Prettejohn begins by describing how the arrival of the Arnolfini Portraitat the newly opened National Gallery in 1842 caused an immediate sensation. Almost unknown before its purchase that year, it soon became the most popular work in the gallery, and its influence in the early Pre-Raphaelite works is immediately obvious. Coincidentally, there is currently a marvellous exhibition on at the National Gallery which explores the influence of this painting on the Pre-Raphaelite movement, and while Prettejohn restricts herself to analysing the significance of the image of the mirror, many of her analytical findings are echoed within that exhibition.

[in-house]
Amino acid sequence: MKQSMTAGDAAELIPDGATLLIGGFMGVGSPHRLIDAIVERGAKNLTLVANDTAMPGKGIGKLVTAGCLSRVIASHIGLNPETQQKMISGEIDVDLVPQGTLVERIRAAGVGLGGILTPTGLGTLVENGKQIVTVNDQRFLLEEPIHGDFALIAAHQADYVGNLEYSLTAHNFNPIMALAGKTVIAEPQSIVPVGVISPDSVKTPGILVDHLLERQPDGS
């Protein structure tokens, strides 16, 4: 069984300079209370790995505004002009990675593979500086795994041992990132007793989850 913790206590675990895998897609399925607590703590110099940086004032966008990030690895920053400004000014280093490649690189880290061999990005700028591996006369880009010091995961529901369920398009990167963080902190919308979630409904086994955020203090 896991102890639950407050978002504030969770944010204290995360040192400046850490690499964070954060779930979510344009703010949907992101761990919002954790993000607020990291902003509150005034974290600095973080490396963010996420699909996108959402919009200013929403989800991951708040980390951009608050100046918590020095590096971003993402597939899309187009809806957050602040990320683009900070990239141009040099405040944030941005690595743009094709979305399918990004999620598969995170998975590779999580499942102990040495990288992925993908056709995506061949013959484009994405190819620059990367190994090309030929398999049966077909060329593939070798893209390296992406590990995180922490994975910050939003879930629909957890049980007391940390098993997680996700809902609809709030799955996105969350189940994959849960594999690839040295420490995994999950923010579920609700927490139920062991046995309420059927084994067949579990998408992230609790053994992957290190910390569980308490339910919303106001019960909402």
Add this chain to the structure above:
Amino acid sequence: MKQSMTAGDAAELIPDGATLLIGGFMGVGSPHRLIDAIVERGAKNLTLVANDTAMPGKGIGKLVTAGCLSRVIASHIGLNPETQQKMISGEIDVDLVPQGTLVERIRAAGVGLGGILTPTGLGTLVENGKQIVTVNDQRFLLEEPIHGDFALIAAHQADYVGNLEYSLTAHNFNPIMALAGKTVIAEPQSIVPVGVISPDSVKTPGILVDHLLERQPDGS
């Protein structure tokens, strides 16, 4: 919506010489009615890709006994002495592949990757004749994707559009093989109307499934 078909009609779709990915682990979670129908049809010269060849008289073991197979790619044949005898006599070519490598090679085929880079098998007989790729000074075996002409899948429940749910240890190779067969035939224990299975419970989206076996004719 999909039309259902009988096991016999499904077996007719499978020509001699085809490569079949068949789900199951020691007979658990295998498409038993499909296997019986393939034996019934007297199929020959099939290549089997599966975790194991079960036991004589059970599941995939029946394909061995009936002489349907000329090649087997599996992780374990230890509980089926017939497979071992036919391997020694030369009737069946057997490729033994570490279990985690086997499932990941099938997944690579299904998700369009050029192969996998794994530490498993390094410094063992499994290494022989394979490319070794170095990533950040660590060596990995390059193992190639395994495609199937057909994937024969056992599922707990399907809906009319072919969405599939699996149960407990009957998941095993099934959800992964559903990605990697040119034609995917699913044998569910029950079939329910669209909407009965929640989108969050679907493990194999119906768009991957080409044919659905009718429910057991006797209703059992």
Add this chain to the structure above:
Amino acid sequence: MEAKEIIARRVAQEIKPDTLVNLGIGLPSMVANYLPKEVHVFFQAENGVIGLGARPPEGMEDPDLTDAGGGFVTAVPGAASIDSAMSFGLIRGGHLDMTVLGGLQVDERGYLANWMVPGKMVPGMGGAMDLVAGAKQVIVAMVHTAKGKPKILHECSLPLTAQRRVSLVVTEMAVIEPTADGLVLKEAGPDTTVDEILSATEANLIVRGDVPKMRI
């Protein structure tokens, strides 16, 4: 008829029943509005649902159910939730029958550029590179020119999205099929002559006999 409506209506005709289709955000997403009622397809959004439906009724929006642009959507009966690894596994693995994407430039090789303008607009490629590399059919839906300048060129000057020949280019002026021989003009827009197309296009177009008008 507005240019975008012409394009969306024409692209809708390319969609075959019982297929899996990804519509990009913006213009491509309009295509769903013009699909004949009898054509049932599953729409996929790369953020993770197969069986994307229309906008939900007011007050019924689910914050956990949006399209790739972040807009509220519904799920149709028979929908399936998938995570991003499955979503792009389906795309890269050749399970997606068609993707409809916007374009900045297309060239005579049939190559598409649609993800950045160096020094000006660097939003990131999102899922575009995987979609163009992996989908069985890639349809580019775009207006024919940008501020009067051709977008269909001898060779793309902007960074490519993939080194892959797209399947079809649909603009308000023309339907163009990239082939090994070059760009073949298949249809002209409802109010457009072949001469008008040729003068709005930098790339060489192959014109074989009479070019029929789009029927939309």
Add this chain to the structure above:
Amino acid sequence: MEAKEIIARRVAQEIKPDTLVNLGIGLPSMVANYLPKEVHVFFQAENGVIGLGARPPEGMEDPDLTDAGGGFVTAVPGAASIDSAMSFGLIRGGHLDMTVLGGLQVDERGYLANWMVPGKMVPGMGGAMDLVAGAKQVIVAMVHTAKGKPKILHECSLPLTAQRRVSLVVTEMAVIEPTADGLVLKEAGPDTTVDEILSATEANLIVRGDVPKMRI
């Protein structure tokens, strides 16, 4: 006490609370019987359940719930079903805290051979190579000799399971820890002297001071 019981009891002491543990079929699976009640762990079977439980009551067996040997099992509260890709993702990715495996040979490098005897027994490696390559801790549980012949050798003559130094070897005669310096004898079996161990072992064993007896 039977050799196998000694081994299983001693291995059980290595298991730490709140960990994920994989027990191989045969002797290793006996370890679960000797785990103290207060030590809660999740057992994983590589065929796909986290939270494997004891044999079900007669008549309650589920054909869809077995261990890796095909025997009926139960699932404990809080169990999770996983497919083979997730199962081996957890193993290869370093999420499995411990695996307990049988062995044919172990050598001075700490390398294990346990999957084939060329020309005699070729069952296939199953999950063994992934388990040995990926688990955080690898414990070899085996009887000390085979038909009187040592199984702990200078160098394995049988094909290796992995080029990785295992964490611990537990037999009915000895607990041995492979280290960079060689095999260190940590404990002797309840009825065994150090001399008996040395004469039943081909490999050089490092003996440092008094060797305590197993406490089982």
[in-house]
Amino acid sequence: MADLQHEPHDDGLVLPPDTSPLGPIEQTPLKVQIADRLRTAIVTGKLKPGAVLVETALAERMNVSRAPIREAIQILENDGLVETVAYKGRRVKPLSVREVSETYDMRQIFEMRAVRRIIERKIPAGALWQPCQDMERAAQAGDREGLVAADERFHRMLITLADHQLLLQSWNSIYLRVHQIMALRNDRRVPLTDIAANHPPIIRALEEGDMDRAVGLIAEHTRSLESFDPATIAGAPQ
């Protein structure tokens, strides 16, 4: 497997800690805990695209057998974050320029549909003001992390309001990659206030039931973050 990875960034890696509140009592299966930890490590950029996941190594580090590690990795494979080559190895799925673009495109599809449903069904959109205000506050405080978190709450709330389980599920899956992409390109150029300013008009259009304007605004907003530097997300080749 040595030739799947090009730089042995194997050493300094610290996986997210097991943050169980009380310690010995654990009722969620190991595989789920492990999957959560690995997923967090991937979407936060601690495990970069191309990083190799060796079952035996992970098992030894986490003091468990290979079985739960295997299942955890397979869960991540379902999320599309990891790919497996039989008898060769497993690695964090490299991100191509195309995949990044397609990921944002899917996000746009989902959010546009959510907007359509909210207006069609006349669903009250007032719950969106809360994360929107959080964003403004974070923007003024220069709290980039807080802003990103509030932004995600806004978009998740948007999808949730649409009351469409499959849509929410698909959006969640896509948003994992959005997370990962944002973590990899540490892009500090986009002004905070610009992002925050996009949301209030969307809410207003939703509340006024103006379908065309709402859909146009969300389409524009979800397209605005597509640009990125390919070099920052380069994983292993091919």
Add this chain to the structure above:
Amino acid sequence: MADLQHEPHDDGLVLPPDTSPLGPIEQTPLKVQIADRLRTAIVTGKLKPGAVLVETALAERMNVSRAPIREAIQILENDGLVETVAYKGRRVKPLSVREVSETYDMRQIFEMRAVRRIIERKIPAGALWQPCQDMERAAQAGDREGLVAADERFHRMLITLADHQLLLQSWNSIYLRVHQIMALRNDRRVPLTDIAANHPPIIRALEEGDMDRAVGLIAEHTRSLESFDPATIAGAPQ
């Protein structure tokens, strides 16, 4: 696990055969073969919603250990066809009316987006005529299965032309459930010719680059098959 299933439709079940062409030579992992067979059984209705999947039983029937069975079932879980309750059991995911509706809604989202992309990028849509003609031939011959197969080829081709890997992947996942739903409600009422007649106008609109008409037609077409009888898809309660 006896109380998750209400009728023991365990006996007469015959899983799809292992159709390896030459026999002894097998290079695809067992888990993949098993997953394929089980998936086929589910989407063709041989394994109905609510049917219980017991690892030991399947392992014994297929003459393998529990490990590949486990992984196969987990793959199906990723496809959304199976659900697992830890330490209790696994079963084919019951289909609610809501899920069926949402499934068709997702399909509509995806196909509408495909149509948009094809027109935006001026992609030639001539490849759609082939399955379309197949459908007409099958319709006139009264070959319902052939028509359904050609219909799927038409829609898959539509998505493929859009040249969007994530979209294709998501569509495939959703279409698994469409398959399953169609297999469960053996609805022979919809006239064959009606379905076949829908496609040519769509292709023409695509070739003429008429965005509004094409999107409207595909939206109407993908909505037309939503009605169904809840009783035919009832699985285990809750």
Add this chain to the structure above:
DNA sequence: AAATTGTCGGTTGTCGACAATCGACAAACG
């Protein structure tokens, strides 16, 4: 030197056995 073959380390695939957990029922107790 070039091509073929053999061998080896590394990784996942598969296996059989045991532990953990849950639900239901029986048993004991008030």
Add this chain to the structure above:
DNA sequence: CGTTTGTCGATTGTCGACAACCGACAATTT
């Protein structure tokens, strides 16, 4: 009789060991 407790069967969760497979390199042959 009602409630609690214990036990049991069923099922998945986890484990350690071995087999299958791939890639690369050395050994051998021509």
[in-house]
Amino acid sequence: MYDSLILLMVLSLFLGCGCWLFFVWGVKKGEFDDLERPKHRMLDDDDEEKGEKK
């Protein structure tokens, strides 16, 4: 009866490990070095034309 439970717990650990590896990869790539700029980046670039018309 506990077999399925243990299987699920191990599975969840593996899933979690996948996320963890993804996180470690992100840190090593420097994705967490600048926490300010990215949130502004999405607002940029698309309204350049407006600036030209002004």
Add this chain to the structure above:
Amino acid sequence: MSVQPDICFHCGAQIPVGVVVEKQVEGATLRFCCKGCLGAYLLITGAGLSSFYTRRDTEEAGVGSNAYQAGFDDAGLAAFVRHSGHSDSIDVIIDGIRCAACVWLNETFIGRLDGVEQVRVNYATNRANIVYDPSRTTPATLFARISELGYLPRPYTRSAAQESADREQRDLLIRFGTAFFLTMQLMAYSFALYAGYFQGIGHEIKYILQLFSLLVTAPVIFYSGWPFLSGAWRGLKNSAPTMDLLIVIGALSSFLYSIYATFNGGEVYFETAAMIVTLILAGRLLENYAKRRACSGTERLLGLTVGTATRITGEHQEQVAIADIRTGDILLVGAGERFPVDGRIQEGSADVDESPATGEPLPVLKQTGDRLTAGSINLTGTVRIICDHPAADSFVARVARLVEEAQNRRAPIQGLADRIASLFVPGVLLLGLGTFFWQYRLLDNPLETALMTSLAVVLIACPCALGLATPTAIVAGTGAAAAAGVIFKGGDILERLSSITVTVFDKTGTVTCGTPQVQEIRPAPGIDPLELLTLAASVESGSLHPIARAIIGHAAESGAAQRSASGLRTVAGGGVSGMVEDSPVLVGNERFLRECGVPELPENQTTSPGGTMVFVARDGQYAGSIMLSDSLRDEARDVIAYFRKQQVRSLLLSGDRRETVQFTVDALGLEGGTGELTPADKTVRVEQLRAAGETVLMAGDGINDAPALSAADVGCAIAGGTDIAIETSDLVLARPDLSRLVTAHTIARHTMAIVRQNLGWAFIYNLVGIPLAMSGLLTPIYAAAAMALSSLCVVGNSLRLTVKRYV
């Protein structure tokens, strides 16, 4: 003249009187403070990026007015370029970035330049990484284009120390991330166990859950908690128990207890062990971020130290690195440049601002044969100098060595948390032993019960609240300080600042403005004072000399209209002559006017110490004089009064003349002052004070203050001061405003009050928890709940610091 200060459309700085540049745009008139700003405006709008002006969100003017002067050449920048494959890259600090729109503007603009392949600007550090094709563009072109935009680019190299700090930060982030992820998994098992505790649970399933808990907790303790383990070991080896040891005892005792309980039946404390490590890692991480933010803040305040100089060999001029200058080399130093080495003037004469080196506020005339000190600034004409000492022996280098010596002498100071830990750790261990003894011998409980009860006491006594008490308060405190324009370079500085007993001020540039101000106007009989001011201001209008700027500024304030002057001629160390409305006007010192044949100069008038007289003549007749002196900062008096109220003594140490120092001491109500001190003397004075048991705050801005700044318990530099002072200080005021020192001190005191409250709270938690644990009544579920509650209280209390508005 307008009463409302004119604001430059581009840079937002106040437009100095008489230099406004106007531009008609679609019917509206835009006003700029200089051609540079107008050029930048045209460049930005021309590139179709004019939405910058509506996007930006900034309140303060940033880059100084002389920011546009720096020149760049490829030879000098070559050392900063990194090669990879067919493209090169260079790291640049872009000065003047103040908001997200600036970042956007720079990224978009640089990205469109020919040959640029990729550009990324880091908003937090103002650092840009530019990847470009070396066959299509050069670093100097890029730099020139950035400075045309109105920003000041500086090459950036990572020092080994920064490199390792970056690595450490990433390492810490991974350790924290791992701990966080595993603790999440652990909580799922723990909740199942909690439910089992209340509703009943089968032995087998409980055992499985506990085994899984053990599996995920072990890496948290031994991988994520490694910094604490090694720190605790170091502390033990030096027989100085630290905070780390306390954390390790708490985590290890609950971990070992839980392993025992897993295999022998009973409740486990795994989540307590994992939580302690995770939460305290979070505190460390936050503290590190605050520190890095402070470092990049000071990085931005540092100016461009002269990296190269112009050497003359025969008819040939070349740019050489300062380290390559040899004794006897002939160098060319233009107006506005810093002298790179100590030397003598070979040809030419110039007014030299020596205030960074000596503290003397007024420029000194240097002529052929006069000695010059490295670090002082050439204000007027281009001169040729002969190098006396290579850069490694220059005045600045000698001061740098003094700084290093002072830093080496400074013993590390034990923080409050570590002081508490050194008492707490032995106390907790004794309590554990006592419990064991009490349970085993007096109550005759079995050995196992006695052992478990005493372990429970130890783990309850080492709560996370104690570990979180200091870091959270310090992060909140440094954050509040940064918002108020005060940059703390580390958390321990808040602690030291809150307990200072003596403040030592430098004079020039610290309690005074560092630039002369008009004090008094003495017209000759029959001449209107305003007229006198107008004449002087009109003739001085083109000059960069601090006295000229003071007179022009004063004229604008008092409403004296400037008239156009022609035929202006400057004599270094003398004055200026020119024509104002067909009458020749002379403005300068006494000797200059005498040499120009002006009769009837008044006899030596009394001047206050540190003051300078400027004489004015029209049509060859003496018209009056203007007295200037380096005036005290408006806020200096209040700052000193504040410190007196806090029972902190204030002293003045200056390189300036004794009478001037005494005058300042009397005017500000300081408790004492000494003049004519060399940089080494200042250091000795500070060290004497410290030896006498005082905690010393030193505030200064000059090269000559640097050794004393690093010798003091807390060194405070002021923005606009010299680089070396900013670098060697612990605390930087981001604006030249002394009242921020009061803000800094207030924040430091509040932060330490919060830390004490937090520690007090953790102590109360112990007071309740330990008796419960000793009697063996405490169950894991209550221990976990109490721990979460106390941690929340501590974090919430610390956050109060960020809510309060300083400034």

Of course, the image of the mirror, as with doorways and windows, has been used by artists to convey subtle —and sometimes not so subtle meanings— for centuries. The mirror reflects back to the viewer what the figures in the picture see, providing a double image: we observe both the scene that the artist has constructed and the artist at work, and in some cases, as with the van Eyck, a figure that we can identify as ourselves. The mirror allows us to enter the world in which the art work was created, extending the meaning of the painting from the subject depicted to include its construction, the artist, and the studio in which he works. Other famous examples of this technique include Velázquez’s Las Meninas, which not only depicts the artist at work on the royal portrait, but also shows us the Infanta’s parents reflected back in a mirror. Indeed, later in this chapter Prettejohn tantalisingly suggests a connection between this work, van Eyck and the Pre-Raphaelites, for it is now accepted that the Arnolfini Portrait was in Philip II’s collection when Velázquez painted Las Meninas, so that it is quite possible that the mirror in that portrait was suggested by familiarity with the earlier work of van Eyck. Prettejohn clearly demonstrates that the mirror within the Arnolfini Portrait, and indeed the whole work itself, has influenced many artists, from the Pre-Raphaelites to some in the twentieth century. She notes several examples of works containing convex mirrors, such as a Holman Hunt drawing of 1850, and a Millais study for Marianain which the van Eyck influence is clear. In fact, it is so clear that Prettejohn argues not just for deliberate ‘borrowings’ from van Eyck but also clear references to the earlier artist. It is at this point that the text becomes particularly fascinating, as it draws upon an aspect of van Eyck’s work which tends to be overlooked within our own time.